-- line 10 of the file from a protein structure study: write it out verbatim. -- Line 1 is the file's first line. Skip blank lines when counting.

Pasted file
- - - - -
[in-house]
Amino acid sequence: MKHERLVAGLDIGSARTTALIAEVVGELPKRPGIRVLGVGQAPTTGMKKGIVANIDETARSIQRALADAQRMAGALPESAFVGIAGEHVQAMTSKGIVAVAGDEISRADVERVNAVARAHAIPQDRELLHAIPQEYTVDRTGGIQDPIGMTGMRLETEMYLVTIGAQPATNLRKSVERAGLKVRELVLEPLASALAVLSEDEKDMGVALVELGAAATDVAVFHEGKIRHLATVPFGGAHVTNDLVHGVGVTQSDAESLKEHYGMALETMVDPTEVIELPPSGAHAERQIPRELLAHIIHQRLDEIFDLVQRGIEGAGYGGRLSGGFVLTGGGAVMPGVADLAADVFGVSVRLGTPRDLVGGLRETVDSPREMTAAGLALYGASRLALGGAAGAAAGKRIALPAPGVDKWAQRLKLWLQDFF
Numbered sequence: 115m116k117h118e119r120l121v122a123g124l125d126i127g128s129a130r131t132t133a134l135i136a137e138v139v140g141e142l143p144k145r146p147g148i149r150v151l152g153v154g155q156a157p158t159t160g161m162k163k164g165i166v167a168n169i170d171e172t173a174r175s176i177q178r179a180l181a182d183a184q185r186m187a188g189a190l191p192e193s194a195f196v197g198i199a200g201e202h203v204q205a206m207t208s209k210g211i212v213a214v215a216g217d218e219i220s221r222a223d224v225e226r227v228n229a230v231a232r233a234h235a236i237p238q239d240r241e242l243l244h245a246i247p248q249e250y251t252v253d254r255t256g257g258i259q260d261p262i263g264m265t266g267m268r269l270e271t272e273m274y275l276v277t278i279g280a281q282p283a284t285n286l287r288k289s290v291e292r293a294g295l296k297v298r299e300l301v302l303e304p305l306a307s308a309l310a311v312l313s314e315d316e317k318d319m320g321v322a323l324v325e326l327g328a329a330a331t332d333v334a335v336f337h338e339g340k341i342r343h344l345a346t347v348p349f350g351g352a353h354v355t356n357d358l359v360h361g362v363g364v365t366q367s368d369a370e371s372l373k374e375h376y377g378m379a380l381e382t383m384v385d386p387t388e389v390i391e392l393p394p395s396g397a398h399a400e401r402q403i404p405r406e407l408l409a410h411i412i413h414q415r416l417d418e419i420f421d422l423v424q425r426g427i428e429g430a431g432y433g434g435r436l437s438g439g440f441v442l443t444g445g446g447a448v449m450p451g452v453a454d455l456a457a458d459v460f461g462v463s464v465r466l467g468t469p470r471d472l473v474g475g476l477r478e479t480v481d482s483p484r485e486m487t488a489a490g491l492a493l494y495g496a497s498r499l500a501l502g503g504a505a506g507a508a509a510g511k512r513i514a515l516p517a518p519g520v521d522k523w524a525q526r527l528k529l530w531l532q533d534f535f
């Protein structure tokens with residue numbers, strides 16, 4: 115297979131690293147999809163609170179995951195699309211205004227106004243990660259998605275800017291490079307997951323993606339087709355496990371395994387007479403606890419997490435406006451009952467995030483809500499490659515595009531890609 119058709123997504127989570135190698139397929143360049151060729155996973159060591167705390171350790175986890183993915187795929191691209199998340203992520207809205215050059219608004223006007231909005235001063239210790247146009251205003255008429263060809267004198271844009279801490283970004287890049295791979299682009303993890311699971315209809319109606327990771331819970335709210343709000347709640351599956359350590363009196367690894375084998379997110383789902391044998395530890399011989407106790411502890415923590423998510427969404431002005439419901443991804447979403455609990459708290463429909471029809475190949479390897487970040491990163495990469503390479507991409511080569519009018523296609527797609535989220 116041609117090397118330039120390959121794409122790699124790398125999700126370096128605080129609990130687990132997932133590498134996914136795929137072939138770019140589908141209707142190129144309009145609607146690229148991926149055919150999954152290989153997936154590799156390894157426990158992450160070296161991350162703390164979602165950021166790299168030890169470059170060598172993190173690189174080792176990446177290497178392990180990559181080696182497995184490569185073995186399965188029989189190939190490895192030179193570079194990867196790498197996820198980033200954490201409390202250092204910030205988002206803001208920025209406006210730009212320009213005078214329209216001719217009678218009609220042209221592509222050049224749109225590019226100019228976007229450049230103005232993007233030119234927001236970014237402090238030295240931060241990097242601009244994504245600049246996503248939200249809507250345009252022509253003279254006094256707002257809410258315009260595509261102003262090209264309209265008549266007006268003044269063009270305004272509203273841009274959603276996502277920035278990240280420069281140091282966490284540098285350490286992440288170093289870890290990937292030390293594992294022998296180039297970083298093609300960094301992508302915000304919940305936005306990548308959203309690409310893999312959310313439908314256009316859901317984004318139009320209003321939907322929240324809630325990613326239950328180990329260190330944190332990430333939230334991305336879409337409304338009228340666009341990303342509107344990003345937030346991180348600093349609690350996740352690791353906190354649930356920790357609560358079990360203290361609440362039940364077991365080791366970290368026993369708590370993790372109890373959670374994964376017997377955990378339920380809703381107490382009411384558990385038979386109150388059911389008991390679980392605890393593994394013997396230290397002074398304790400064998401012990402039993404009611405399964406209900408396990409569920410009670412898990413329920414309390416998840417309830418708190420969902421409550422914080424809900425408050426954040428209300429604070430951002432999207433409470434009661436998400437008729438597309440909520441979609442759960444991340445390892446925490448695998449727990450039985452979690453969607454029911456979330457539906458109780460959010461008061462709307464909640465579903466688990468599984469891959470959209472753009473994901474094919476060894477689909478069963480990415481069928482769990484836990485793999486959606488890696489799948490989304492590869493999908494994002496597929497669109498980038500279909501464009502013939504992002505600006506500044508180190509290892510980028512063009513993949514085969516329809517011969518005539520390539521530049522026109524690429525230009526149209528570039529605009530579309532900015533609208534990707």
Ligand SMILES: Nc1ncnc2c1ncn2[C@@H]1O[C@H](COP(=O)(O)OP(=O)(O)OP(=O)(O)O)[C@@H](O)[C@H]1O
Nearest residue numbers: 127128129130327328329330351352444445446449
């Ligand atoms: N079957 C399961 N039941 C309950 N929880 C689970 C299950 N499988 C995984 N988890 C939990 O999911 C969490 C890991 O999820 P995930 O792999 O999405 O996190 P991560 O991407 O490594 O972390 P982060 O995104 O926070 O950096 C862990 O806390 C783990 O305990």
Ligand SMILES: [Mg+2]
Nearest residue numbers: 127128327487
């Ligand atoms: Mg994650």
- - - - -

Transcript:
């Ligand atoms: Mg994650």